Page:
I hold in my hand the everywhere neverlasting.
I see in my head the dance of changing forms.
Now is what there is,
And then it is gone.
Now is what there is,
And then I am gone.

The trouble is, it is death instead of desire that people dread. We fail to see the connection, that dying is mostly a function of dying for more. To want is soon to need, and as need demands, one devolves from free spirit to slave. We long to be happy, yet so many of our emotions, beliefs, and behaviors lead us astray of the goal.

Thankfully, though, after lifetimes of getting it wrong, we start to get it right. We begin to look inward for answers to the meaning of life and death, and as we do, we redeem death of its dark disguise, discovering that its purpose is to show us how to live. The peace we long for comes from letting go of our worldly attachments. That is the lesson of death, and we don’t have to wait to die to gain its reward.

Jesus, in the Gospel of St. Matthew, said: “He that findeth his life shall lose it, and he that loseth his life for my sake shall find it.” In today’s language: He who persists in his ego’s self-interest is destined to remain in delusion, losing the chance to move beyond its material limitations. Delusion dissipates only as one overcomes the pull of such desires, breaking away from his tether to selfish pursuits. Then does he reap the ultimate freedom of divine reunion with God.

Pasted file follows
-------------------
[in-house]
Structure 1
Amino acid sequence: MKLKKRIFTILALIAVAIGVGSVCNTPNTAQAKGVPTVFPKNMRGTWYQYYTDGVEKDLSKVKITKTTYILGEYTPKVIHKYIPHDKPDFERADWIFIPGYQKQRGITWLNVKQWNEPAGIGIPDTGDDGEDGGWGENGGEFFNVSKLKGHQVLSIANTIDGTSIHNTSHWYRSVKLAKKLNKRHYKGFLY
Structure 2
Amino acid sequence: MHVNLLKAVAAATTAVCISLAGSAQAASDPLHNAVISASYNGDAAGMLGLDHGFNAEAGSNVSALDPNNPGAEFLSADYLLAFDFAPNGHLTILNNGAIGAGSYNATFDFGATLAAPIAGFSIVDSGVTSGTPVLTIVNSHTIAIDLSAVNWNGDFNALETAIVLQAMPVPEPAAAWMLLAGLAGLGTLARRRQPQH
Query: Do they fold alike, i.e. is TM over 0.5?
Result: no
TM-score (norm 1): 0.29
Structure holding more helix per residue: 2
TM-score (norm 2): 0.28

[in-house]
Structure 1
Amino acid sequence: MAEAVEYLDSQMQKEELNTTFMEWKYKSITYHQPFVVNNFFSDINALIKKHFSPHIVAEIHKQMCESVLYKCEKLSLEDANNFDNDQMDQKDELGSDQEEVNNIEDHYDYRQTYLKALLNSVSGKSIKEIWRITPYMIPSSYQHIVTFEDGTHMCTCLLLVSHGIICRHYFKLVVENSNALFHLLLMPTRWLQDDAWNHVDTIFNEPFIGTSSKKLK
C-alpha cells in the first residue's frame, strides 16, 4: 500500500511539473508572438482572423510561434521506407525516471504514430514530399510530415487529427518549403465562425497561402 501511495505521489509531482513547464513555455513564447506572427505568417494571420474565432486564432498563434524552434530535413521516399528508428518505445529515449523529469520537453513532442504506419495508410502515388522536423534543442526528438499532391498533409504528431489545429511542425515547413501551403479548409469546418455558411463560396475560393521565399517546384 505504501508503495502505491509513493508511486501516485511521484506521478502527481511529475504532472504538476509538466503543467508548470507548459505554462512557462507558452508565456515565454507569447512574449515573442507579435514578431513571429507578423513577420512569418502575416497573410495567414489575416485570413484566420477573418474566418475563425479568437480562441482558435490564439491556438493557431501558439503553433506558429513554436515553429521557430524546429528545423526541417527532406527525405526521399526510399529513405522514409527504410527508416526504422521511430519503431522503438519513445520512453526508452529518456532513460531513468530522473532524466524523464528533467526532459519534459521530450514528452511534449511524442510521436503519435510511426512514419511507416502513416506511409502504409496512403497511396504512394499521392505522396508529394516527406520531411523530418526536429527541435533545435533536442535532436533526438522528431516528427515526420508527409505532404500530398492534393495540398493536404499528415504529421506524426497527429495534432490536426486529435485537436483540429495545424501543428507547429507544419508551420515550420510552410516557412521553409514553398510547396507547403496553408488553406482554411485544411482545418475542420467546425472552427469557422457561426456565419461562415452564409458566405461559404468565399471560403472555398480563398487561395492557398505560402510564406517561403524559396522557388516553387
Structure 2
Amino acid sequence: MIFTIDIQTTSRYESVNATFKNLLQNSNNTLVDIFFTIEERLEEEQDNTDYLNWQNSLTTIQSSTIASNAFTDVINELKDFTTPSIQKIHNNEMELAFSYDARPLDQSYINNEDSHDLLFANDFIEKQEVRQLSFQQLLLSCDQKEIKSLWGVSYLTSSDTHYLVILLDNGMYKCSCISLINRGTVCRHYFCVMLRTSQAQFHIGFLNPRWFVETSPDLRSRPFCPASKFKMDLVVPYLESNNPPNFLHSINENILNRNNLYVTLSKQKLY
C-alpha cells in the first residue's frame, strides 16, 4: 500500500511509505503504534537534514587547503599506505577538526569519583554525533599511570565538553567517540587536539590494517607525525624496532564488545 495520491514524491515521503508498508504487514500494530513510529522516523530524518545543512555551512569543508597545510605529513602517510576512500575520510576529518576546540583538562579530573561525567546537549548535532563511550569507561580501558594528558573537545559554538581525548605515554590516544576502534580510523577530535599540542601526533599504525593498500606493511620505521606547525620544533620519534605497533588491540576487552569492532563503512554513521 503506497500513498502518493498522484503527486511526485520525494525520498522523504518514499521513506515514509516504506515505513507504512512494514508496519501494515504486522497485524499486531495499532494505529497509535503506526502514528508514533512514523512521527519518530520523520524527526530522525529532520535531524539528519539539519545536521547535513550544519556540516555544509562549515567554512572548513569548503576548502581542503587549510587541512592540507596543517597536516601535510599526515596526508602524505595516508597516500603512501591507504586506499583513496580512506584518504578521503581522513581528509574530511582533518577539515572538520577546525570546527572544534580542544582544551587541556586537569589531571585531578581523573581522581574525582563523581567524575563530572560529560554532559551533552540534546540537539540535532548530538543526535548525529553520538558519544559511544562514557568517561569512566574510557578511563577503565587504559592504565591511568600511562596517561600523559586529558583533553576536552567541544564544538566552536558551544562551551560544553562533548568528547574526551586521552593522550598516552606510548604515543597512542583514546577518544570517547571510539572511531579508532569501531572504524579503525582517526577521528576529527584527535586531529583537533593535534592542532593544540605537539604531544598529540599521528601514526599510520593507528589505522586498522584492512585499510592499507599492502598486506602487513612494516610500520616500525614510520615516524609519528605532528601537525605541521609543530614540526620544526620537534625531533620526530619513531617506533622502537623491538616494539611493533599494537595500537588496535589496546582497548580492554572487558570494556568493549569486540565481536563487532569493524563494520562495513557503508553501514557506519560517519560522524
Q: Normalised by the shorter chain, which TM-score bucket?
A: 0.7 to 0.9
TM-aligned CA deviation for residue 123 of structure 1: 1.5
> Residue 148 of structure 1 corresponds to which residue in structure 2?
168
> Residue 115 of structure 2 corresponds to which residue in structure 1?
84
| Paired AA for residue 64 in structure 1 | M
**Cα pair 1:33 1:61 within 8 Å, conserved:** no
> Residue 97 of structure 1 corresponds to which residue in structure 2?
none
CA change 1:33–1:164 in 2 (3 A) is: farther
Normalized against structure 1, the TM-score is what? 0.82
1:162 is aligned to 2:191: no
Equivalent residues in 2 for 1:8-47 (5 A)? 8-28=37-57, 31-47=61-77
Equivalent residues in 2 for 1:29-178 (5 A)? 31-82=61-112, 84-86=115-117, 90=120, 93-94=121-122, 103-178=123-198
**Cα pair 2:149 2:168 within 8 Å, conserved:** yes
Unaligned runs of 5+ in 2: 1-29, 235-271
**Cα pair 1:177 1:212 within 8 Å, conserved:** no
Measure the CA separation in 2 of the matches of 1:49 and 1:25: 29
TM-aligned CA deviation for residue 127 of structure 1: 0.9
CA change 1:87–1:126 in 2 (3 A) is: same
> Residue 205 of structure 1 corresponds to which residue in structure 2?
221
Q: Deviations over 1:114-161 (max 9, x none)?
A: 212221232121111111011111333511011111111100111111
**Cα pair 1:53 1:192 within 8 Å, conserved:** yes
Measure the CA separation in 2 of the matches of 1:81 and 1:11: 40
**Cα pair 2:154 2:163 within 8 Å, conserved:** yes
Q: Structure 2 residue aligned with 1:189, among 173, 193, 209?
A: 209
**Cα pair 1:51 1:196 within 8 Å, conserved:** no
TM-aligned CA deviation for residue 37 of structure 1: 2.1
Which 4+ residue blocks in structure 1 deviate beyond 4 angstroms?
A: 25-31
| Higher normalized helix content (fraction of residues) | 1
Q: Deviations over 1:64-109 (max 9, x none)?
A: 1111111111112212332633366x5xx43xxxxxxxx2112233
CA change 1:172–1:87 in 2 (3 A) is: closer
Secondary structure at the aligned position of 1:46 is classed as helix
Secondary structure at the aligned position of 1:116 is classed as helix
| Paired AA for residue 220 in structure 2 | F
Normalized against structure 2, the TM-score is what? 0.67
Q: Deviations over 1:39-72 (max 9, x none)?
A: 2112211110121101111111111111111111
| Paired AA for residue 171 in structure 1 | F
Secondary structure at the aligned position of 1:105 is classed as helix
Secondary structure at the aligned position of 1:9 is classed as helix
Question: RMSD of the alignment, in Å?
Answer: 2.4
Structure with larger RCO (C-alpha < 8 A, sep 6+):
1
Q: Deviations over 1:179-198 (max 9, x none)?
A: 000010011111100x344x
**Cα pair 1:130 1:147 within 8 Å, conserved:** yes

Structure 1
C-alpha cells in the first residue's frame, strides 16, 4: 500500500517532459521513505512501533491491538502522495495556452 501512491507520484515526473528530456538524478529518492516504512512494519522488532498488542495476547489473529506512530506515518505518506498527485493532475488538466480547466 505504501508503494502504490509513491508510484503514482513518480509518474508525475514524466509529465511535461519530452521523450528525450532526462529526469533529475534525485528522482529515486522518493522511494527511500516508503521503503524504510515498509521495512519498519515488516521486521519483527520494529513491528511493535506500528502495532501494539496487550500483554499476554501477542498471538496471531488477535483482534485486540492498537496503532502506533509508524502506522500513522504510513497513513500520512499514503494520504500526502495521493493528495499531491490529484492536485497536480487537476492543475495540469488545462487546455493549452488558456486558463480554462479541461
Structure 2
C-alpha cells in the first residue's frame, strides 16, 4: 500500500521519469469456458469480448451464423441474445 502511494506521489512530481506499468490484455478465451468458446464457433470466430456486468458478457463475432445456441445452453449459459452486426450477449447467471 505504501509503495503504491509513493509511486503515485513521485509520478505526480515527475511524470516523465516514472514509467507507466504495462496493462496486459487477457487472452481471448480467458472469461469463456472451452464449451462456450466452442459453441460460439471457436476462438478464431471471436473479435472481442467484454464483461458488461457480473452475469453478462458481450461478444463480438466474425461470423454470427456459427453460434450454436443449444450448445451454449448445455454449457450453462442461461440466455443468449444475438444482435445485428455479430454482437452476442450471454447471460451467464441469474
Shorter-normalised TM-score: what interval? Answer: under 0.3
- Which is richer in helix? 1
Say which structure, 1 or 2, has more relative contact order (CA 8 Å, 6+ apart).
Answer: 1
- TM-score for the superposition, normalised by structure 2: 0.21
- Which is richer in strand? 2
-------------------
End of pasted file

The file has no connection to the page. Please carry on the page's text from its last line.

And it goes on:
In the ending lines of his beautiful prayer-poem, St. Francis of Assisi takes us back to the truths we tend to forget. He beseeches the Lord to “make me an instrument of Thy peace,” concluding:

For it is in the giving that we receive;